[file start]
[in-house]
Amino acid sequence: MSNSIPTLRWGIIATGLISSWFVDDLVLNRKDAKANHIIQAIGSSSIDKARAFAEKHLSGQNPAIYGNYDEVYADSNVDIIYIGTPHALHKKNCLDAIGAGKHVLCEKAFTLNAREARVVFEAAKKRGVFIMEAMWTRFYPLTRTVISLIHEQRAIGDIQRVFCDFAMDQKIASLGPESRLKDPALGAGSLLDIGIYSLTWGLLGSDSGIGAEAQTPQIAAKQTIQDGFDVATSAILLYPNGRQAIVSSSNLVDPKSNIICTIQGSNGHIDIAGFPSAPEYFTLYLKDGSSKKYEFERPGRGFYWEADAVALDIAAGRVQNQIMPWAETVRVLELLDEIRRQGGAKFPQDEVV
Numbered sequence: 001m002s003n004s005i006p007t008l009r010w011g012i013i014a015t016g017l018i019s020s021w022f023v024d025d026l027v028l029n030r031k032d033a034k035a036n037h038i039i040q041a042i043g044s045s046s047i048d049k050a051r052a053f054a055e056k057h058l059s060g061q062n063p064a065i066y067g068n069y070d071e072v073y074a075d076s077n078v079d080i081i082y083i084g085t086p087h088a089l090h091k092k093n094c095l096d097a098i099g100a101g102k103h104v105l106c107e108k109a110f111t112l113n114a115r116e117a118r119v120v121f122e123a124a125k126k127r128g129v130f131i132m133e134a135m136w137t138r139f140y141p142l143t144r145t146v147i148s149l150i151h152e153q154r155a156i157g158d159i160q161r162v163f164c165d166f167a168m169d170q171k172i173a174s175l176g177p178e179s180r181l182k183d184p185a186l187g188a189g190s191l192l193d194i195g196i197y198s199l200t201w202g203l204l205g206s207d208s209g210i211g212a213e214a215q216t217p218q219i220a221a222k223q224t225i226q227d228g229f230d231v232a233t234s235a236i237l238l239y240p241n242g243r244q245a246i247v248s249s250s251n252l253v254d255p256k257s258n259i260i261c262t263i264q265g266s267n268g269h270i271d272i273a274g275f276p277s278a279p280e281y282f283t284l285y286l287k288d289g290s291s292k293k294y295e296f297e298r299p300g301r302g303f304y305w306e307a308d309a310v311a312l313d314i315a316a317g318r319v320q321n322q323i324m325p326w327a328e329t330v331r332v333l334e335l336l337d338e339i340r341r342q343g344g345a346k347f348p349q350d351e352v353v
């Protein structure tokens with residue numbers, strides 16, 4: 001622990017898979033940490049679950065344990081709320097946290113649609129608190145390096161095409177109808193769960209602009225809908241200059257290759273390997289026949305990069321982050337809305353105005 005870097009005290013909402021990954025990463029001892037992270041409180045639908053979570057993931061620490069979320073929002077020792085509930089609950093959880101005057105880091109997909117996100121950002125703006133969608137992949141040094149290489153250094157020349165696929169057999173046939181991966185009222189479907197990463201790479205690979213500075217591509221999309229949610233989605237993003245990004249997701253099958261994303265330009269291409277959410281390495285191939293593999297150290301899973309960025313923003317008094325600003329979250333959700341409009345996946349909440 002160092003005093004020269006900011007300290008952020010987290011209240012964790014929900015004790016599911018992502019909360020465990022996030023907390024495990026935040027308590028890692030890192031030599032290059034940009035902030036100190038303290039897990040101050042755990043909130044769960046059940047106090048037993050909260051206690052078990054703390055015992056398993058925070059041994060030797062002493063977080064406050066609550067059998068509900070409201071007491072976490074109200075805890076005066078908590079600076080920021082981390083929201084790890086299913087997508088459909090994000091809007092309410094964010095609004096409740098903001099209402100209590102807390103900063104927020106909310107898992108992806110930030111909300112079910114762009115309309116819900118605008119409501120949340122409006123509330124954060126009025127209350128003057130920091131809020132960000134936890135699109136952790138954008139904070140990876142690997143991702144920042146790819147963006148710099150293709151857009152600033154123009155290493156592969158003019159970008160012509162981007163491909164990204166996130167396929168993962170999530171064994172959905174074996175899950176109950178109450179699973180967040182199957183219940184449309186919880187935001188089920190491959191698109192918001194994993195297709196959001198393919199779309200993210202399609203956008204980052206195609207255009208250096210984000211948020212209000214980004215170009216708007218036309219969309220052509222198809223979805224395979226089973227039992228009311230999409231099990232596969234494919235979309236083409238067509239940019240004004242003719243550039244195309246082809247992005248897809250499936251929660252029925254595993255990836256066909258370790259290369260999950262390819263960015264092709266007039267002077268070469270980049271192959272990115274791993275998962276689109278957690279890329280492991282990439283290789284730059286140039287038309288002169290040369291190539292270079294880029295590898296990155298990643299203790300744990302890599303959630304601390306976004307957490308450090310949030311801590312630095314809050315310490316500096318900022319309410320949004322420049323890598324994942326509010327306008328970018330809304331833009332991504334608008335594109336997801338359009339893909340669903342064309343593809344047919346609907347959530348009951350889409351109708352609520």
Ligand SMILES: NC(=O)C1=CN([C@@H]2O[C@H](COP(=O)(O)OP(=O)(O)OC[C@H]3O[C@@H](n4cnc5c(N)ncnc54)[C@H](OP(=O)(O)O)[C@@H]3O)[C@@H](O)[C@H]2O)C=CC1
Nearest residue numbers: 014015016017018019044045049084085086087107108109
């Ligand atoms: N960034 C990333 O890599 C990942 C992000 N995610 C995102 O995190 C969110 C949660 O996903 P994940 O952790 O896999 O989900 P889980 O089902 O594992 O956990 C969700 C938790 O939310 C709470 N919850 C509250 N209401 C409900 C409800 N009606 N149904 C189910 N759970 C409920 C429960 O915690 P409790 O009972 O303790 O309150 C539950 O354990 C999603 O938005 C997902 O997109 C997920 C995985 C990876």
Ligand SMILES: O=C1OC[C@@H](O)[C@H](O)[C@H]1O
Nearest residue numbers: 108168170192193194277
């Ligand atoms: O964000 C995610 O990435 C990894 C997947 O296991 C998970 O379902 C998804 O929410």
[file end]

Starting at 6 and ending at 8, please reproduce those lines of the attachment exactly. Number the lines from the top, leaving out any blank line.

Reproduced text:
Nearest residue numbers: 014015016017018019044045049084085086087107108109
């Ligand atoms: N960034 C990333 O890599 C990942 C992000 N995610 C995102 O995190 C969110 C949660 O996903 P994940 O952790 O896999 O989900 P889980 O089902 O594992 O956990 C969700 C938790 O939310 C709470 N919850 C509250 N209401 C409900 C409800 N009606 N149904 C189910 N759970 C409920 C429960 O915690 P409790 O009972 O303790 O309150 C539950 O354990 C999603 O938005 C997902 O997109 C997920 C995985 C990876």
Ligand SMILES: O=C1OC[C@@H](O)[C@H](O)[C@H]1O